So … election time is upon us and many will be wondering why, a whole week on, I have not made any comment. That is partly because I have been reflecting on the whole election stuff and my views (which are well known to many of you) and it has been an interesting time. My reflections, which will become clearer below, have challenged me to seek to understand the other side of some arguments that are bouncing around in the worldwide church at the moment as well. For me it has been quite challenging time in seeing things from the other side of the arguments of sexuality and women bishops in particular. I believe sexuality should not make any difference and look forward to seeing women bishops, but I am aware there are other Christians who see things very differently.
It is clear to us all that at election times in the UK we all see things differently. I will speak bluntly (but please hear me out before you jump to the bottom of the page to make a comment telling me I am wrong). I truly believe that as a Christian there is no other option but to vote Labour. I seriously cannot see or understand how any Christian can vote Tory. I know I am only talking about two parties here – but realistically we all know that Number 10 will be occupied by either Gordon Brown or David Cameron in a few weeks time.
I think it is our duty as Christians to support all, with a particular preference for the poor and marginalised, and I can only see the Labour Party being the political party that is interested in doing that. I am totally convinced a Conservative government would make things worse for the marginisled and poor of our country and so I cannot ever entertain the thought of myself voting such – even if that would mean I was voting for policies that were not particularly in my interest. I believe the Tory party to be totally disinterested in the poor and marginilsed of this nation. I read scripture and feel to vote Tory goes massively against how I interpret the living out of gospel values. For me, as a Christian, voting Tory is so so wrong!
And yet ….. I know lots of Christians who will be voting Tory. These people are not just names or acquaintances but are people I value, love and respect. Most of them I have counted as close friends for the best part of 20 years. For the last decade I have been drinking with some of these friends before footy games in the Conservative Club in Gillingham High Street – but I still cannot see, and I do not understand, how they combine their faith with their voting intention – but I know that they do and that they do so with integrity.
I know these friends take their Christian faith just as seriously as I do; they will pray as I will and they are voting in the way that they believe God is calling them to vote. I don’t understand how, and if I am totally honest I don’t even like it; but I can, and do, accept it. And before you point it out; I am fully aware that there are lots of Christians very active in all three main parties within Christian-political organisations like Christian Socialist Movement (CSM), Conservative Christian Fellowship (CCF )and Liberal Democrat Christian Forum (LDCF) which can all be found via the Christians in Politics website. No one party has more Christians than any other and I guess that simply confuses me in light of the strong convictions I outline above.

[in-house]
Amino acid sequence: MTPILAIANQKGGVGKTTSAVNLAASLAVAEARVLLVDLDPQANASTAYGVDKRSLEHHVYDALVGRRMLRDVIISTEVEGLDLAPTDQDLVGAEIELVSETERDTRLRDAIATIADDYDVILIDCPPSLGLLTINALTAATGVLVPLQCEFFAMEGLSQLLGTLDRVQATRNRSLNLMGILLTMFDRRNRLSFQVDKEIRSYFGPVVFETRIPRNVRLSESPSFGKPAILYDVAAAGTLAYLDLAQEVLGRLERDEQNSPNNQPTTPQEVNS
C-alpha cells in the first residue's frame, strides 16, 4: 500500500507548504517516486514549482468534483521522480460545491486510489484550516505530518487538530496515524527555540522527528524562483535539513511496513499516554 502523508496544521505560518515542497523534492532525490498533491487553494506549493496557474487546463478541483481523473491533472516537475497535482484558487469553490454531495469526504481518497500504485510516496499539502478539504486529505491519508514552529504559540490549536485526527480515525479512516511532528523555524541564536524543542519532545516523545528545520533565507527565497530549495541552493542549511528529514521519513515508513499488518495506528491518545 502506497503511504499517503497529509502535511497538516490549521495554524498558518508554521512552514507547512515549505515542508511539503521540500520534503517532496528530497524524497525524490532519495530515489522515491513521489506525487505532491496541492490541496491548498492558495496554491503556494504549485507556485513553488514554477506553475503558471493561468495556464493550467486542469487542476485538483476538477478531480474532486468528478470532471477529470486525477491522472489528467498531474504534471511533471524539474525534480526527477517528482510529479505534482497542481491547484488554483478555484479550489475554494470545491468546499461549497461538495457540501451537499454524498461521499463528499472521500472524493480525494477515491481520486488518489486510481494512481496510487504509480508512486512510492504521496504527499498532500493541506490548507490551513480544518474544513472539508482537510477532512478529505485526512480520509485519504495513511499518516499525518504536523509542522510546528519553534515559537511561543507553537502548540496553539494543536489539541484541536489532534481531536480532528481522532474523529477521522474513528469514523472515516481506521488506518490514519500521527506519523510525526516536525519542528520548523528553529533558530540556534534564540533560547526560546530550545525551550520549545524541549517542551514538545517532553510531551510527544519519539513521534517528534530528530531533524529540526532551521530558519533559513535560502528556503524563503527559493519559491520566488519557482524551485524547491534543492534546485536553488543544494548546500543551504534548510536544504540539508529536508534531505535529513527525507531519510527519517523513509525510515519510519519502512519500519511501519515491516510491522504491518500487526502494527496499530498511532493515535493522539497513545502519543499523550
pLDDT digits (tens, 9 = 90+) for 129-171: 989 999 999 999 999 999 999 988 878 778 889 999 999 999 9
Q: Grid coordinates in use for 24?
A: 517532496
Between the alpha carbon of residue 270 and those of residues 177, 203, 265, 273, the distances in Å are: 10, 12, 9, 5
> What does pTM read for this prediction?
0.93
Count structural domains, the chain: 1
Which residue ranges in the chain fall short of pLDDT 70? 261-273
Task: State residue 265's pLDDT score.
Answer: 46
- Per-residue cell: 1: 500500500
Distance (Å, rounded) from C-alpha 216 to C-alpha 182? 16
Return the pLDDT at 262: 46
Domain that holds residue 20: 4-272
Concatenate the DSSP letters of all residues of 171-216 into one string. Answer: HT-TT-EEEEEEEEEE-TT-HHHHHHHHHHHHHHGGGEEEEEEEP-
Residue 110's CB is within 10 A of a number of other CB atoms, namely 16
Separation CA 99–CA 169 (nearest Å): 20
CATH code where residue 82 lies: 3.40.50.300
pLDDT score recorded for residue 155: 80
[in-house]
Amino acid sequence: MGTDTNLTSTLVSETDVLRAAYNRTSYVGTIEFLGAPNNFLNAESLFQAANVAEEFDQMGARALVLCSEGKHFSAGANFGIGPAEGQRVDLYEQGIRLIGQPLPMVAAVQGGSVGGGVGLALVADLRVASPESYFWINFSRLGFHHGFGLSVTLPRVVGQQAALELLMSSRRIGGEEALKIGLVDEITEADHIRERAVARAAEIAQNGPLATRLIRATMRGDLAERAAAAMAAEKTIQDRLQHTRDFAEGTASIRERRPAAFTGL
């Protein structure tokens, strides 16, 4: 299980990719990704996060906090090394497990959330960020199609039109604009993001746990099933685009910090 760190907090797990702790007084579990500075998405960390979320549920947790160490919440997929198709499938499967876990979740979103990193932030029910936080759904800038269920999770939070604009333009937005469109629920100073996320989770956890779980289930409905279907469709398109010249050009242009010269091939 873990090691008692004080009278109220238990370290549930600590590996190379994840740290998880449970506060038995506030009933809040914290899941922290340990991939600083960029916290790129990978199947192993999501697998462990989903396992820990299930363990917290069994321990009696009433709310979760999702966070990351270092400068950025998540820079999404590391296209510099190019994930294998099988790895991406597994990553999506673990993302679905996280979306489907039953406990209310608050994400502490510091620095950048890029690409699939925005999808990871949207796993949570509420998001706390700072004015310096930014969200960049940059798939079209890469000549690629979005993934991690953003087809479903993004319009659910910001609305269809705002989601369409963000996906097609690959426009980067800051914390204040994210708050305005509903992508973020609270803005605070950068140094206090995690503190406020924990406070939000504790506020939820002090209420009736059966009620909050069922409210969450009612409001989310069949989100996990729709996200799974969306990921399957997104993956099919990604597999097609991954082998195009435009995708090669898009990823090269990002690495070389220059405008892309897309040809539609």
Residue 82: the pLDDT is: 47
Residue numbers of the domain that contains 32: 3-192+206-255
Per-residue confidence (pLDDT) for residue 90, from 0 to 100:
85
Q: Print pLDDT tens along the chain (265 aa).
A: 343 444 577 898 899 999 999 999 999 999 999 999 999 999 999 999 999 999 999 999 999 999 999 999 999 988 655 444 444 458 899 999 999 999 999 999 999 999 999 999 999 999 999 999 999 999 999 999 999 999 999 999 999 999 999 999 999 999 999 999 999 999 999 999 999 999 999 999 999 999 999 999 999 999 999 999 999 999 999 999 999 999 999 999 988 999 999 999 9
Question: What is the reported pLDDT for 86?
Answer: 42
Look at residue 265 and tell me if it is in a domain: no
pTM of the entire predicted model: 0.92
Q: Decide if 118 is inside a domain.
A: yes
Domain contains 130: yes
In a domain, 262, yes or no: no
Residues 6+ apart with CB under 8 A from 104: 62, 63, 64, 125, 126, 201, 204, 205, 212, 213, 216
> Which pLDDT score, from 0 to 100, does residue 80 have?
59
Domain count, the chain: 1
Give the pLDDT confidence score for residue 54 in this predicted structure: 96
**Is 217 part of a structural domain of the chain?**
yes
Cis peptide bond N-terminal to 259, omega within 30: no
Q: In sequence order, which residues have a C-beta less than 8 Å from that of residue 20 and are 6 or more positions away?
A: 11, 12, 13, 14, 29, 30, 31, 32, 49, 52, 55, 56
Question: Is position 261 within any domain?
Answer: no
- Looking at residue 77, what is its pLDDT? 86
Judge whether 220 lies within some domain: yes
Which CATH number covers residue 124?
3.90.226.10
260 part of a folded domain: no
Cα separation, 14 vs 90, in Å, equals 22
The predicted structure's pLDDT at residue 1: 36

So … why the ramble …. well I think election time offers an important reflection time for all of us. Within Christian politics strong views can be held by individuals but those strong views do not result in cold stand offs where fellowship, communion and love cannot be shared. Those strong political views do not stop MP’s being friends and nor do they stop me spending time with good friends of different political persuasions. But … with doctrine disagreements this is exactly what seems to be happening.
Christians can believe different things and still be Christians. Election time highlights that fact quite profoundly and I believe if people took this on board in the current church scene then opposing viewpoints could be held together.
My Tory friends do not see me as any less of a Christian because I have a different political view to them. I do not see them as any less of a Christian because they have completely different views to me. If this can be the case in political beliefs, can it not also be the same for doctrinal beliefs? Surely we need to realise that none of us have the monopoly on truth or being correct – we all have shaded of it and it is when we combine that a fuller, more accurate, picture is achieved! Well …. that’s my thought anyway!
By the way I have seen some Chritians talking about not voting. That is ridiculous – please consider carefully and vote for someone …. if you are thinking of NOT voting then you should watch this little video where each of the leaders of the main three parties addresses Christians after an introduction by Archbishop John Sentamu. Please … whatever … use that vote!